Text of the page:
# 3 DIFFERENTIATION RULES DIFFERENTIATION RULES 3 4 The

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3 DIFFERENTIATION RULES

DIFFERENTIATION RULES 3. 4 The Chain Rule In this section, we will learn about: Differentiating composite functions using the Chain Rule.

CHAIN RULE Suppose you are asked to differentiate the function § The differentiation formulas you learned in the previous sections of this chapter do not enable you to calculate F’(x).

CHAIN RULE Observe that F is a composite function. In fact, if we let and let u = g(x) = x 2 + 1, then we can write y = F(x) = f (g(x)). That is, F = f ◦ g.

CHAIN RULE We know how to differentiate both f and g. So, it would be useful to have a rule that shows us how to find the derivative of F = f ◦ g in terms of the derivatives of f and g.

CHAIN RULE It turns out that the derivative of the composite function f ◦ g is the product of the derivatives of f and g. This fact is one of the most important of the differentiation rules. It is called the Chain Rule.

CHAIN RULE It seems plausible if we interpret derivatives as rates of change. Regard: § du/dx as the rate of change of u with respect to x § dy/du as the rate of change of y with respect to u § dy/dx as the rate of change of y with respect to x

CHAIN RULE If u changes twice as fast as x and y changes three times as fast as u, it seems reasonable that y changes six times as fast as x. So, we expect that:

THE CHAIN RULE If g is differentiable at x and f is differentiable at g(x), the composite function F = f ◦ g defined by F(x) = f(g(x)) is differentiable at x and F’ is given by the product: F’(x) = f’(g(x)) • g’(x) § In Leibniz notation, if y = f(u) and u = g(x) are both differentiable functions, then:

COMMENTS ON THE PROOF Let ∆u be the change in corresponding to a change of ∆x in x, that is, ∆u = g(x + ∆x) - g(x) Then, the corresponding change in y is: ∆y = f(u + ∆u) - f(u)

COMMENTS ON THE PROOF It is tempting to write: Equation 1

COMMENTS ON THE PROOF The only flaw in this reasoning is that, in Equation 1, it might happen that ∆u = 0 (even when ∆x ≠ 0) and, of course, we can’t divide by 0.

COMMENTS ON THE PROOF Nonetheless, this reasoning does at least suggest that the Chain Rule is true. § A full proof of the Chain Rule is given at the end of the section.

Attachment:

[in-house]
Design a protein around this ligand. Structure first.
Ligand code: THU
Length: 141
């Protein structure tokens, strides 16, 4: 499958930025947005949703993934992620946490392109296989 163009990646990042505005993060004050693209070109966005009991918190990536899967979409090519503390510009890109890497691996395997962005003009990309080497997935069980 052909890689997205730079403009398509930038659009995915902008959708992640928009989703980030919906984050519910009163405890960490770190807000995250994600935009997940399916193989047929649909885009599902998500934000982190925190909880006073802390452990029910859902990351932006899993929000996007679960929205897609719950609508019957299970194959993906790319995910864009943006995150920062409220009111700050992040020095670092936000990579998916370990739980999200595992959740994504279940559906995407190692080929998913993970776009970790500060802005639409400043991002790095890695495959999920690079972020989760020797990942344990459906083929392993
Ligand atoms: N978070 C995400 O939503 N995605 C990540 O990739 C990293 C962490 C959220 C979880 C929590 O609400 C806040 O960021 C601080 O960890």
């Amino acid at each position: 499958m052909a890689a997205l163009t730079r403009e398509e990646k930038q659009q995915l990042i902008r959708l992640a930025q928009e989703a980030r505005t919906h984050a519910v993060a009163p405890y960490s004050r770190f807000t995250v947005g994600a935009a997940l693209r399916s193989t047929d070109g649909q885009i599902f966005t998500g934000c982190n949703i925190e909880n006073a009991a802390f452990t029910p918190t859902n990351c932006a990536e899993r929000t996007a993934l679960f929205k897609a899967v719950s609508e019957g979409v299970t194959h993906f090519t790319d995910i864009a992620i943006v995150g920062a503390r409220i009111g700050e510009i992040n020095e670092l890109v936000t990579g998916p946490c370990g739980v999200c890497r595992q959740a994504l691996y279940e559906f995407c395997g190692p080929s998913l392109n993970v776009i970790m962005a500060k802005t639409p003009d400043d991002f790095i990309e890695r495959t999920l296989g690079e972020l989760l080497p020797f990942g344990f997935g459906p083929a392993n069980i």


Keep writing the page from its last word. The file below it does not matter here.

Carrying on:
CHAIN RULE Equations 2 and 3 The Chain Rule can be written either in the prime notation (f ◦ g)’(x) = f’(g(x)) • g’(x) or, if y = f(u) and u = g(x), in Leibniz notation:

CHAIN RULE Equation 3 is easy to remember because, if dy/du and du/dx were quotients, then we could cancel du. However, remember: § du has not been defined § du/dx should not be thought of as an actual quotient

CHAIN RULE E. g. 1—Solution 1 Find F’(x) if § One way of solving this is by using Equation 2. § At the beginning of this section, we expressed F as F(x) = (f ◦ g))(x) = f(g(x)) where and g(x) = x 2 + 1.

CHAIN RULE § Since we have E. g. 1—Solution 1

CHAIN RULE E. g. 1—Solution 2 We can also solve by using Equation 3. § If we let u = x 2 + 1 and then:

CHAIN RULE When using Equation 3, we should bear in mind that: § dy/dx refers to the derivative of y when y is considered as a function of x (called the derivative of y with respect to x) § dy/du refers to the derivative of y when considered as a function of u (the derivative of y with respect to u)

CHAIN RULE For instance, in Example 1, y can be considered as a function of x and also as a function of u § Note that: .

NOTE In using the Chain Rule, we work from the outside to the inside. § Equation 2 states that we differentiate the outer function f [at the inner function g(x)] and then we multiply by the derivative of the inner function.

CHAIN RULE Differentiate: a. y = sin(x 2) b. y = sin 2 x Example 2

CHAIN RULE Example 2 a If y = sin(x 2), the outer function is the sine function and the inner function is the squaring function. So, the Chain Rule gives:

CHAIN RULE Example 2 b Note that sin 2 x = (sin x)2. Here, the outer function is the squaring function and the inner function is the sine function. Therefore,

CHAIN RULE Example 2 b The answer can be left as 2 sin x cos x or written as sin 2 x (by a trigonometric identity known as the double-angle formula).